Developing Enterprise bean (EJB) persistent timer applications

Enterprise Bean persistent timers are created either automatically by the container or programmatically by an application. Both types of persistent timers are stored in tables in the database that is configured for the Enterprise Bean timer service in the server.xml file.

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After the persistent timer is created, it exists in the database until one of the following occurs:

  • The timer is not scheduled for further expirations; for example, after a single-action timer expires and runs successfully.
  • The timer is canceled by the application.
  • The timer is canceled by using the EJB timer service MBean (EJBPersistentTimerServiceMXBean)
  • The timer is manually removed from the database. For example, if the timer service database is cleared or removed.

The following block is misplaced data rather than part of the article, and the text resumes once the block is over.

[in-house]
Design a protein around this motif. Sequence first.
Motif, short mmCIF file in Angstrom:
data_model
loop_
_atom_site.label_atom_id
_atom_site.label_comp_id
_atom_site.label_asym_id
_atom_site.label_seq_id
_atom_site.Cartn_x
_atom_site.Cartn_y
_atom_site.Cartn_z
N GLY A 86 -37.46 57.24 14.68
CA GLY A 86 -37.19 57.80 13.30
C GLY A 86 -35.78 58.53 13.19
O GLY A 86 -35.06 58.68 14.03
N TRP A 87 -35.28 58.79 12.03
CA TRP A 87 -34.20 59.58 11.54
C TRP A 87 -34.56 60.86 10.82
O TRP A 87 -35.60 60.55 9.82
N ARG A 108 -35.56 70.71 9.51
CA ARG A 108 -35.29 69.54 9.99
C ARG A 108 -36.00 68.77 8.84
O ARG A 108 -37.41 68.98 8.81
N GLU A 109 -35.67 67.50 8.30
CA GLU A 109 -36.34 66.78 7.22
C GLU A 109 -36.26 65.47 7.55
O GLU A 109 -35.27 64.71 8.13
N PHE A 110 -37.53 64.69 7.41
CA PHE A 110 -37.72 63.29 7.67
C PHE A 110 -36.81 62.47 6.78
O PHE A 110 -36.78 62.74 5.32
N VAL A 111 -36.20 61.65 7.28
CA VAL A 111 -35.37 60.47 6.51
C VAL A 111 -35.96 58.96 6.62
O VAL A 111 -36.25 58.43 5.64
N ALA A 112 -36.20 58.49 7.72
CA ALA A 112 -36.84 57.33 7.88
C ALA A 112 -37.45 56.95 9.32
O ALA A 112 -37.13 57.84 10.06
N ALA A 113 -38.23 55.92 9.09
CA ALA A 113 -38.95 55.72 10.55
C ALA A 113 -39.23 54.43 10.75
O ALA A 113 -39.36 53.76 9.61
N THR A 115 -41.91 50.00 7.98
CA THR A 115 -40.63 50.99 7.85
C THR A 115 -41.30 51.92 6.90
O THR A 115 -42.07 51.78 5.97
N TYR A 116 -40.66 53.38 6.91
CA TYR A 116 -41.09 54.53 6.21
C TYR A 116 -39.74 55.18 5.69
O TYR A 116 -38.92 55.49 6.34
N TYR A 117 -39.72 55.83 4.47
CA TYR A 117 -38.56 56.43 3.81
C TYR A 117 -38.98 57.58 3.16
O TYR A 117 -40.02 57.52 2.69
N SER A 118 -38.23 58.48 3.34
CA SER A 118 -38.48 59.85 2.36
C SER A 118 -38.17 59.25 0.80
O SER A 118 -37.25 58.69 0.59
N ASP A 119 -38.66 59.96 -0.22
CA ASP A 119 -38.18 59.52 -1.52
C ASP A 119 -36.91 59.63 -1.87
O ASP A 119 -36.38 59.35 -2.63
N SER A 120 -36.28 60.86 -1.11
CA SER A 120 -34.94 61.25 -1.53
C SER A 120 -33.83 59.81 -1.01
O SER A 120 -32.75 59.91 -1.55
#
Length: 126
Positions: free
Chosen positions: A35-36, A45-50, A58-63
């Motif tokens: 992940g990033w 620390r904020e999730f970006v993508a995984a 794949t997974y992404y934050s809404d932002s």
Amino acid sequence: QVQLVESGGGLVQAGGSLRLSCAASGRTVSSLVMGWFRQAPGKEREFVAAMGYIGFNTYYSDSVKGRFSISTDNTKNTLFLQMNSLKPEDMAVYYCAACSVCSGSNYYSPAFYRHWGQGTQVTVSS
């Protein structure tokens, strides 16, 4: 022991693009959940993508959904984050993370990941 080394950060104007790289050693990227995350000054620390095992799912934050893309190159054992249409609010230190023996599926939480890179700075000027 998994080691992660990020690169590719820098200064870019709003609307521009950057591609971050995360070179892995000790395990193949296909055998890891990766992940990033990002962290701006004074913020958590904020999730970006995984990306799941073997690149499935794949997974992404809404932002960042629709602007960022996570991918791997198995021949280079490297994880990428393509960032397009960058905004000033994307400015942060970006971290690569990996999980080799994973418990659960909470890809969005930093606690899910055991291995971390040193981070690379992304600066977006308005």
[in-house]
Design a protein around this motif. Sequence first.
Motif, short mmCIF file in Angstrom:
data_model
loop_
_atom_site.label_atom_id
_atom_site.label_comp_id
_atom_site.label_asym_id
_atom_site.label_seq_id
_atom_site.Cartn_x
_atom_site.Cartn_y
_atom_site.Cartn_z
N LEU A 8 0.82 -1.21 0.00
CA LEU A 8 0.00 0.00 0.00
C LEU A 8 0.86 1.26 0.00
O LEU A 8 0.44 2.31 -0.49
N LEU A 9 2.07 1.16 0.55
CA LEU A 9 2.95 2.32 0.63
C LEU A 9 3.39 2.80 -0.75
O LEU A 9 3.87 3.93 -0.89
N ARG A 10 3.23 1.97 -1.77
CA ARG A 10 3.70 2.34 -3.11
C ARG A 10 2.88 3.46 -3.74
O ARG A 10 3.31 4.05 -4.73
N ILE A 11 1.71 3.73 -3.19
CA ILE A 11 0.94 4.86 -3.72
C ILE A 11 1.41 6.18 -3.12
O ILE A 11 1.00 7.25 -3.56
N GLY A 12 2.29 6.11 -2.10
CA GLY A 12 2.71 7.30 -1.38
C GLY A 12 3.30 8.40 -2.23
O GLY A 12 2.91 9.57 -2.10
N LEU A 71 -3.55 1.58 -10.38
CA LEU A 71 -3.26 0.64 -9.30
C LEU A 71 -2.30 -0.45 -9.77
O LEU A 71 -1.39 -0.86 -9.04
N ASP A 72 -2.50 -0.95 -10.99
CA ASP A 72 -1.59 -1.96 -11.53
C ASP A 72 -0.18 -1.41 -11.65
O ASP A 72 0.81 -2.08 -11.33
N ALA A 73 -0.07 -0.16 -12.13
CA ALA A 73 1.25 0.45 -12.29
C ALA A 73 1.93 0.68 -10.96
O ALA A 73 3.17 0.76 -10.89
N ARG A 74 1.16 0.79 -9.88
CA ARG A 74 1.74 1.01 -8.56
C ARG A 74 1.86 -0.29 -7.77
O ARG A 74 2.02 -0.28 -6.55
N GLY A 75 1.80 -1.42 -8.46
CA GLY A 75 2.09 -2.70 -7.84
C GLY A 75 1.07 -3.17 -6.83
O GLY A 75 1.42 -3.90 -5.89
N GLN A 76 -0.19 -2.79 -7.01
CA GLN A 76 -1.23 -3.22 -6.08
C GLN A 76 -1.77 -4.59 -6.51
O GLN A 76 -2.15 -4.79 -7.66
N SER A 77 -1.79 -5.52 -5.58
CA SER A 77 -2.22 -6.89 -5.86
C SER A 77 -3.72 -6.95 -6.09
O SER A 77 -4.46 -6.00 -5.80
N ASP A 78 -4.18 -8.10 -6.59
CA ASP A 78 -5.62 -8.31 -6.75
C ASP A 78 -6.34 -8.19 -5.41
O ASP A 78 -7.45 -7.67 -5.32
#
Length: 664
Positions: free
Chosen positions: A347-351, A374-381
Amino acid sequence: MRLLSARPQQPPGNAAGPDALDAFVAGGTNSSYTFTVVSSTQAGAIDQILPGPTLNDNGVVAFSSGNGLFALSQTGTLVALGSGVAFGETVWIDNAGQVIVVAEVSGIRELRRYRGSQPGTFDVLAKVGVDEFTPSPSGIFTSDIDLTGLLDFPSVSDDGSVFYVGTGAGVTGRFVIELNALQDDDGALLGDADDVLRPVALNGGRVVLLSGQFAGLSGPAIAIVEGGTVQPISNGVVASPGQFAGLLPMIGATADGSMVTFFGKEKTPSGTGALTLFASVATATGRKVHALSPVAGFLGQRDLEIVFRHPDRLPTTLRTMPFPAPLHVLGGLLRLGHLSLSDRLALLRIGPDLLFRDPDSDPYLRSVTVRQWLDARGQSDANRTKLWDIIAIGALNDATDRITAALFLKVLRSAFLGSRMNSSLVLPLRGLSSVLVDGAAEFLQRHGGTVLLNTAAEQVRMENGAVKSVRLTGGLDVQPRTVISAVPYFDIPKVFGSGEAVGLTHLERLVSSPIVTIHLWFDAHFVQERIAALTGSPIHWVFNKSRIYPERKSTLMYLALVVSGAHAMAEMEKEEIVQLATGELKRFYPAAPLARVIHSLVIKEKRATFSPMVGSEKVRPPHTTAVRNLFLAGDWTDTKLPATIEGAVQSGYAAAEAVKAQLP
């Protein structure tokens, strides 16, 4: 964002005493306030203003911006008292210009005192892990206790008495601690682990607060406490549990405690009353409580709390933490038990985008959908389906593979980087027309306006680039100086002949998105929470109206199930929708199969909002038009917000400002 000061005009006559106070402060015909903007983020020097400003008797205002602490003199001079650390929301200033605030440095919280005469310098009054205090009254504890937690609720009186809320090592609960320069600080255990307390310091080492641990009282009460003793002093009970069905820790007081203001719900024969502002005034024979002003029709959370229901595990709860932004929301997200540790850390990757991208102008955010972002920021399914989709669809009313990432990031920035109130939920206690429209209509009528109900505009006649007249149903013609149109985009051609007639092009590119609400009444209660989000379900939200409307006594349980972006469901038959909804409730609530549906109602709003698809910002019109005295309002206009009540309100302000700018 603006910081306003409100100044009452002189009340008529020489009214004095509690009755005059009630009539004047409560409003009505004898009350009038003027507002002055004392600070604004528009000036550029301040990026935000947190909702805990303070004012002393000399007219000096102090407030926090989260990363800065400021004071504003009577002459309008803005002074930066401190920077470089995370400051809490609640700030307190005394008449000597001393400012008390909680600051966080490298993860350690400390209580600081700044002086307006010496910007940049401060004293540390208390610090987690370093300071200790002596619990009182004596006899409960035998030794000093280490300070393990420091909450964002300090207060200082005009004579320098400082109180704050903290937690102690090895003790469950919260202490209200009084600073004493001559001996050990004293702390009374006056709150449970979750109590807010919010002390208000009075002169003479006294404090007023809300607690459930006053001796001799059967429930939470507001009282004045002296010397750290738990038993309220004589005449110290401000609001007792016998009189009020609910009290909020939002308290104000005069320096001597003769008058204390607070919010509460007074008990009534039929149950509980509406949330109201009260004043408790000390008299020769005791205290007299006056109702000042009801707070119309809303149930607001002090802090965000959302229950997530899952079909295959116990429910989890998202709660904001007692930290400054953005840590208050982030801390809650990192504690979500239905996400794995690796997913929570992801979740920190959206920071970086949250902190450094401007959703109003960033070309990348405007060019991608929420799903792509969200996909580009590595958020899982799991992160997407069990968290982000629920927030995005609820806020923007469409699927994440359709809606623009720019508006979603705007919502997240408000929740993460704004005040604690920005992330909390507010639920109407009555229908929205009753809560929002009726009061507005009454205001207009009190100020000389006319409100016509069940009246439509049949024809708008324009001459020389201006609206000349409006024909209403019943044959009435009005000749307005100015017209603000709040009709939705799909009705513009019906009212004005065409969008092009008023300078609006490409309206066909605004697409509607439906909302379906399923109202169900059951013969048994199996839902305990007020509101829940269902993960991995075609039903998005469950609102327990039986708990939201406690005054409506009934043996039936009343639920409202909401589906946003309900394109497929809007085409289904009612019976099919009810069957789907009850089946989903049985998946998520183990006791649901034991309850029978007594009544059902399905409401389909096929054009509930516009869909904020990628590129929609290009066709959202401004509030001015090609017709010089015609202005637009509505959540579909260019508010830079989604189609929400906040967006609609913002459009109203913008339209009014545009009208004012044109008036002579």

Also, Enterprise Beans persistent timers are associated with an Enterprise Bean based on the application name, module name, and bean name. If an application is updated and any of these names change, the timer continues to exist in the database, but appears to no longer exist as it no longer expires and runs.

The Enterprise Beans specification declares that automatic timers are created by the container when an application is deployed. For the Liberty, timers are created the first time that an application starts within a server process. During the first application start, the automatically created persistent timers are stored in the persistent timer database along with an indication that the application is deployed. The container does not create the automatic persistent timers again until both the timers and the indication that the application is deployed is removed from the EJB persistent timer database.


Enable the EJB persistent timer feature in the server.xml file, as shown in the following example.
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